Among other things, the relevant institution, may be the International Criminal Court, should aim at taking urgent steps to end the culture of impunity that has grown around the unleashing of state terror over the years. Journalists around the world are chief among those who have been killed in cold blood by state terrorists and other criminal elements who fear the truth.

The more a journalist is committed to revealing the truth on matters of crucial importance to publics, the more is she or he feared by those sections that have a vested interest in concealing such vital disclosures. This accounts for the killing of Shireen Abu Akleh, for instance.

Such killings are of course not unfamiliar to us in Sri Lanka. Over the decades quite a few local journalists have been killed or been caused to disappear by criminal elements usually acting in league with governments. The whole truth behind these killings is yet to be brought to light while the killers have been allowed to go scot-free and roam at large. These killings are further proof that Sri Lanka is at best a façade democracy.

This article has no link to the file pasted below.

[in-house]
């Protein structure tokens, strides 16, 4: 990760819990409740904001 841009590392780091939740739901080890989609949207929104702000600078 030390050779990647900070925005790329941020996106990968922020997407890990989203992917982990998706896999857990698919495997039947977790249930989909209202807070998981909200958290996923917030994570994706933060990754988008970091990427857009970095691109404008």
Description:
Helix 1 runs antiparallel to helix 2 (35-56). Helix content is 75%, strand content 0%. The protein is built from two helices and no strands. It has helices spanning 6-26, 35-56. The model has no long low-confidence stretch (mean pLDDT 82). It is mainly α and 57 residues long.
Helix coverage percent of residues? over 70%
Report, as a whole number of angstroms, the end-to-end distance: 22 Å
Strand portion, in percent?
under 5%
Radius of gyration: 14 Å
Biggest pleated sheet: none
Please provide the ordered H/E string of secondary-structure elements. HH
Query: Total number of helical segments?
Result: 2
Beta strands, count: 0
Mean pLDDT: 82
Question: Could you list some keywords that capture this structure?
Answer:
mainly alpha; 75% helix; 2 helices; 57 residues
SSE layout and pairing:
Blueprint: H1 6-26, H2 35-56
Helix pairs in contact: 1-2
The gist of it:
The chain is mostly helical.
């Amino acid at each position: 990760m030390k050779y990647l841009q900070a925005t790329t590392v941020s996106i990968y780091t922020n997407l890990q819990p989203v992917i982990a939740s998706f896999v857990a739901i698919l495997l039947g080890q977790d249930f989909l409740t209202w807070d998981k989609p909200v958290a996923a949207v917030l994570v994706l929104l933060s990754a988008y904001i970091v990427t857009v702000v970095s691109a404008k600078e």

It is doubtful whether the true value of a committed journalist has been fully realized by states and publics the world over. It cannot be stressed enough that the journalist on the spot, and she alone, writes ‘the first draft of history’. Commentaries that follow from other quarters on a crisis situation, for example, are usually elaborations that build on the foundational factual information revealed by the journalist. Minus the principal facts reported by the journalist no formal history-writing is ever possible.

Over the decades the journalists’ death toll has been increasingly staggering. Over the last 30 years, 2150 journalists and media workers have been killed in the world’s conflict and war zones. International media reports indicate that this figure includes the killing of 23 journalists in Ukraine, since the Russian invasion began, and the slaying of 11 journalists, reporting on the doings of drug cartels in Mexico.

Unfortunately, there has been no notable international public outcry against these killings of journalists. It is little realized that the world is the poorer for the killing of these truth-seekers who are putting their lives on the firing line for the greater good of peoples everywhere. It is inadequately realized that the public-spirited journalist too helps in saving lives; inasmuch as a duty-conscious physician does.